Molecular profiling of immunoglobulin heavy-chain gene rearrangements unveils new potential prognostic markers for multiple myeloma patients
Medina A (1), Jiménez C (1), Sarasquete ME (2), González M (1), Chillón MC (1), Balanzategui A (1), Prieto-Conde I (1), García-Álvarez M (1), Puig N (1), González-Calle V (1), Alcoceba M (1), Cuenca I (3), Barrio S (3), Escalante F (4), Gutiérrez NC (1), Gironella M (5), Hernández MT (6), Sureda A (7), Oriol A (8), Bladé J (9), Lahuerta JJ (3), San Miguel JF (10), Mateos MV (1), Martínez-López J (3), Calasanz MJ (10), García-Sanz R (1).
(1) Hospital Universitario de Salamanca (HUSAL), IBSAL, IBMCC (USAL-CSIC), CIBERONC, Salamanca, Spain.
(2) Hospital Universitario de Salamanca (HUSAL), IBSAL, IBMCC (USAL-CSIC), CIBERONC, Salamanca, Spain.
(3) Hospital 12 de Octubre, CIBERONC, Madrid, Spain.
(4) Complejo Hospitalario, León, Spain.
(5) Hospital Vall d'Hebrón, Barcelona, Spain.
(6) Hospital Universitario de Canarias, La Laguna, Spain.
(7) Hospital Duran i Reynals, Institut Català d'Oncología (ICO), L'Hospitalet de Llobregat, Barcelona, Spain.
(8) Hospital Germans Trias i Pujol, Institut Català d'Oncología (ICO), Institut Josep Carreras, Badalona, Spain.
(9) Hospital Clínic i Provincial, Institut de Investicacions Biomediques August Pi i Sunyer (IDIBAPS), Barcelona, Spain.
(10) Clínica Universidad de Navarra (CUN), Centro de Investigación Médica Aplicada, IDISNA, CIBERONC, Pamplona, Spain.
Multiple myeloma is a heterogeneous disease whose pathogenesis has not been completely elucidated. Although B-cell receptors play a crucial role in myeloma pathogenesis, the impact of clonal immunoglobulin heavy-chain features in the outcome has not been extensively explored.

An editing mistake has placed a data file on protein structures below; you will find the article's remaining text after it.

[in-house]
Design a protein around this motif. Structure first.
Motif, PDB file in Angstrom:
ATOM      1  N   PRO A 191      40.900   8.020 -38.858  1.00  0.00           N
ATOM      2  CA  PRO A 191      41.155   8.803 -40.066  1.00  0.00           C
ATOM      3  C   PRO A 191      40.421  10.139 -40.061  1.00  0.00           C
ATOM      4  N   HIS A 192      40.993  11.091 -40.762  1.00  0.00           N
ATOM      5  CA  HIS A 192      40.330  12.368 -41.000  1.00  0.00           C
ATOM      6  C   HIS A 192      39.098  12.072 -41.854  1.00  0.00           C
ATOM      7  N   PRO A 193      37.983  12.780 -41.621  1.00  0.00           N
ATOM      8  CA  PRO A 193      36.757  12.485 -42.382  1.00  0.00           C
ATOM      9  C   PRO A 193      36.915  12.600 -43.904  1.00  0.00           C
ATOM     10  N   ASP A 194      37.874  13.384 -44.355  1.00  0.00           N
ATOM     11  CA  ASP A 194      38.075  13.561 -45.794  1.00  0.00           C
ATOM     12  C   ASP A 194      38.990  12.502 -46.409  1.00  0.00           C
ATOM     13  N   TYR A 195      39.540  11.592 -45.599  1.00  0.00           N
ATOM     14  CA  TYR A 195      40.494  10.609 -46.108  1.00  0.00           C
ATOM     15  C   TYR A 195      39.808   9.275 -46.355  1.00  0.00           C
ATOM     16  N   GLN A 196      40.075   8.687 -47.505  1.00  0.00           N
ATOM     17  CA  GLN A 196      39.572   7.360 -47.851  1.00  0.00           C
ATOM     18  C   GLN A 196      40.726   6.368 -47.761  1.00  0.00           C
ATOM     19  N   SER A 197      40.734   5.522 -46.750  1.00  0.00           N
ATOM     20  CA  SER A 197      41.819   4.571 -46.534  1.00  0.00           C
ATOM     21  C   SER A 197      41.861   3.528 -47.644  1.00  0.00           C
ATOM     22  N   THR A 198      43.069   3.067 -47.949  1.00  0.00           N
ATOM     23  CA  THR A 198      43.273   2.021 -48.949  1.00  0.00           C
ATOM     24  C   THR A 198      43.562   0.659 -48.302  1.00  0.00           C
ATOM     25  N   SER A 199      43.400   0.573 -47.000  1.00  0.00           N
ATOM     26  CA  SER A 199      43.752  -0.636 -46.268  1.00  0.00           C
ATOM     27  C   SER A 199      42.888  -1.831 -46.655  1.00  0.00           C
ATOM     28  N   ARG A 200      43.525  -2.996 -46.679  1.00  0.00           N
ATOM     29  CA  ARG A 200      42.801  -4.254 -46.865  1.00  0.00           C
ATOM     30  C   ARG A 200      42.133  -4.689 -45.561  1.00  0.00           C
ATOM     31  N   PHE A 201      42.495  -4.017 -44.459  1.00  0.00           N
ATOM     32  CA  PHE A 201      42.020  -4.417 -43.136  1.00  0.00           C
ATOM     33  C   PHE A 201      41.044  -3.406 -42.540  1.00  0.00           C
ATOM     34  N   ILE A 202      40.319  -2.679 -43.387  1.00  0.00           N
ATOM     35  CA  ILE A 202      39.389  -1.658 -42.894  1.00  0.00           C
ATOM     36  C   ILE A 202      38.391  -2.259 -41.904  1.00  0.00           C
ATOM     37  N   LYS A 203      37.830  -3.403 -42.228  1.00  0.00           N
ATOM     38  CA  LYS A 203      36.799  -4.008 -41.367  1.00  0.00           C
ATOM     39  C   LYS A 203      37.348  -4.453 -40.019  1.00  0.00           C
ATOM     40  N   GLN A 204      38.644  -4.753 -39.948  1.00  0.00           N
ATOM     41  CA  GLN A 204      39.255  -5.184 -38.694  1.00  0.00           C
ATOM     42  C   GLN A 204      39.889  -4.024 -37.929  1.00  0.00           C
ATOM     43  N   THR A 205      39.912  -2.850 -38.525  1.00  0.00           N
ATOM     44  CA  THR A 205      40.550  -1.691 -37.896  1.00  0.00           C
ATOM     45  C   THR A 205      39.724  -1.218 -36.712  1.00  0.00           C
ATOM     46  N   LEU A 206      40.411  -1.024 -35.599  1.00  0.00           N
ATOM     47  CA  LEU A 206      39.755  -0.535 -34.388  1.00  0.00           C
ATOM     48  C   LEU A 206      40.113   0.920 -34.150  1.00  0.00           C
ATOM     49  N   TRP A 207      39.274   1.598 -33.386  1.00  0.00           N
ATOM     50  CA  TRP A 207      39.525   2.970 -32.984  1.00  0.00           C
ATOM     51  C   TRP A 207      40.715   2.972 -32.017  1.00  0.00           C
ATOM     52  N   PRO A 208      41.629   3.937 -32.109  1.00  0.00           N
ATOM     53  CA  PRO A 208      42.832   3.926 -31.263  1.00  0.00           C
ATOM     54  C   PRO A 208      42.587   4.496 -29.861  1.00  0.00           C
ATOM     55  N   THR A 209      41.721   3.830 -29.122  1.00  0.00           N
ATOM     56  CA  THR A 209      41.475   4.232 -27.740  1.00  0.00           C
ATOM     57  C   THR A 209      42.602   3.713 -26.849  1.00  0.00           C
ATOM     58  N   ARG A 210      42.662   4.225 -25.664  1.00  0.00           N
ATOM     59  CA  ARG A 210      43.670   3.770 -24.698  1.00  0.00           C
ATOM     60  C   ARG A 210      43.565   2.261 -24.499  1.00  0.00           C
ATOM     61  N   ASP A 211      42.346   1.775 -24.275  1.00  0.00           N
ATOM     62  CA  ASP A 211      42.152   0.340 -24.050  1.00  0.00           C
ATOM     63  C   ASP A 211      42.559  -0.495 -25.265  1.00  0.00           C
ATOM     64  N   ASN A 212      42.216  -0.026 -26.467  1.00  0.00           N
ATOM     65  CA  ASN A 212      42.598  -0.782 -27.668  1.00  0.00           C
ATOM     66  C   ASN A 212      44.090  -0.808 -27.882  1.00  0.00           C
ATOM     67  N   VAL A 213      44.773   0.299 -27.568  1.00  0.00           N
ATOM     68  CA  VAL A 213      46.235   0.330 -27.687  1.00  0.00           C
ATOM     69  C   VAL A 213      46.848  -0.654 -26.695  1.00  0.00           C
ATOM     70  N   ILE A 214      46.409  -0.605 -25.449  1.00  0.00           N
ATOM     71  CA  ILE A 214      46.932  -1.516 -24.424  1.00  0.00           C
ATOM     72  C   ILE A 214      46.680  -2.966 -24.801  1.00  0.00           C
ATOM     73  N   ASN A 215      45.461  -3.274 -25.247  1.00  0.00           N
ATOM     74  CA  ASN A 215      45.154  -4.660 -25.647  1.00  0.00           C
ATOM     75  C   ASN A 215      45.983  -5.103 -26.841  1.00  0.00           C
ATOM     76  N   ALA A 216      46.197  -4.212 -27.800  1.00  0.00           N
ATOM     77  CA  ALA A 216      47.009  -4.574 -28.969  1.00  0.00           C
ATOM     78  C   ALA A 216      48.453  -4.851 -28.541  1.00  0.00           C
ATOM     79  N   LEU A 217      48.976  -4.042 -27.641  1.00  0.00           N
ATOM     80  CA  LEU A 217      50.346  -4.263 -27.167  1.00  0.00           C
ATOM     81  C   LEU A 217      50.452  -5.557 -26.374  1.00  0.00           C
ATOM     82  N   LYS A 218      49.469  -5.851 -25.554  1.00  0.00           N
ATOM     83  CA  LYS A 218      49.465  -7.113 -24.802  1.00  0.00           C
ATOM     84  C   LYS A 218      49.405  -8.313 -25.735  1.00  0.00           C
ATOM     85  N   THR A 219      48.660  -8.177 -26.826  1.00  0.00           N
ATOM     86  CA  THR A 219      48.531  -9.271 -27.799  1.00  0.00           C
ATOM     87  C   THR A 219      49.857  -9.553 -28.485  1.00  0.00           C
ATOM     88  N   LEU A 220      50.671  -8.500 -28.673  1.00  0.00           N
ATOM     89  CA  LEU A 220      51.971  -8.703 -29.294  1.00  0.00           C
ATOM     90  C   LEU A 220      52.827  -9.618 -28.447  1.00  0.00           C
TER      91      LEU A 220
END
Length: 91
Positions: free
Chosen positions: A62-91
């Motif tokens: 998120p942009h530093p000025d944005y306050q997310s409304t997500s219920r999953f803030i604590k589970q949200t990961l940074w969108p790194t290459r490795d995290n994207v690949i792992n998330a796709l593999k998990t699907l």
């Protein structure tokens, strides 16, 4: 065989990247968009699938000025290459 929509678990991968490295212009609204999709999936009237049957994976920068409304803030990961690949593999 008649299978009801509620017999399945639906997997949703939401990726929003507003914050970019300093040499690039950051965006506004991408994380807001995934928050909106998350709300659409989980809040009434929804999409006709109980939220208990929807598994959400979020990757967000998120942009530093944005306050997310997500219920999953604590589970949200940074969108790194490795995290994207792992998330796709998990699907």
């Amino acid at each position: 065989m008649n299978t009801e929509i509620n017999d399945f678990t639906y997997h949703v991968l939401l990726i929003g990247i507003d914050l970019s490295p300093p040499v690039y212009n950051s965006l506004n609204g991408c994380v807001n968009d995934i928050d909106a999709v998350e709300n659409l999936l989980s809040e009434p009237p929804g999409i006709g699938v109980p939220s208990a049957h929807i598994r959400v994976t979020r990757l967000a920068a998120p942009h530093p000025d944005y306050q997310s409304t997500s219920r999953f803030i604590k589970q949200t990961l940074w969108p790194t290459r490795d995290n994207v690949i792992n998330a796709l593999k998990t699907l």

Here we present the characterization of complete heavy-chain gene rearrangements in 413 myeloma patients treated in Spanish trials, including 113 patients characterized by next-generation sequencing. Compared to the normal B-cell repertoire, gene selection was biased in myeloma, with significant overrepresentation of IGHV3, IGHD2 and IGHD3, as well as IGHJ4 gene groups. Hypermutation was high in our patients (median: 8.8%).
Interestingly, regarding patients who are not candidates for transplantation, a high hypermutation rate (≥7%) and the use of IGHD2 and IGHD3 groups were associated with improved prognostic features and longer survival rates in the univariate analyses.
Multivariate analysis revealed prolonged progression-free survival rates for patients using IGHD2/IGHD3 groups (HR: 0.552, 95% CI: 0.361-0.845, p = 0.006), as well as prolonged overall survival rates for patients with hypermutation ≥7% (HR: 0.291, 95% CI: 0.137-0.618, p = 0.001).
Our results provide new insights into the molecular characterization of multiple myeloma, highlighting the need to evaluate some of these clonal rearrangement characteristics as new potential prognostic markers.
CITA DEL ARTÍCULO Blood Cancer J. 2020 Feb 6;10(2):14. doi: 10.1038/s41408-020-0283-8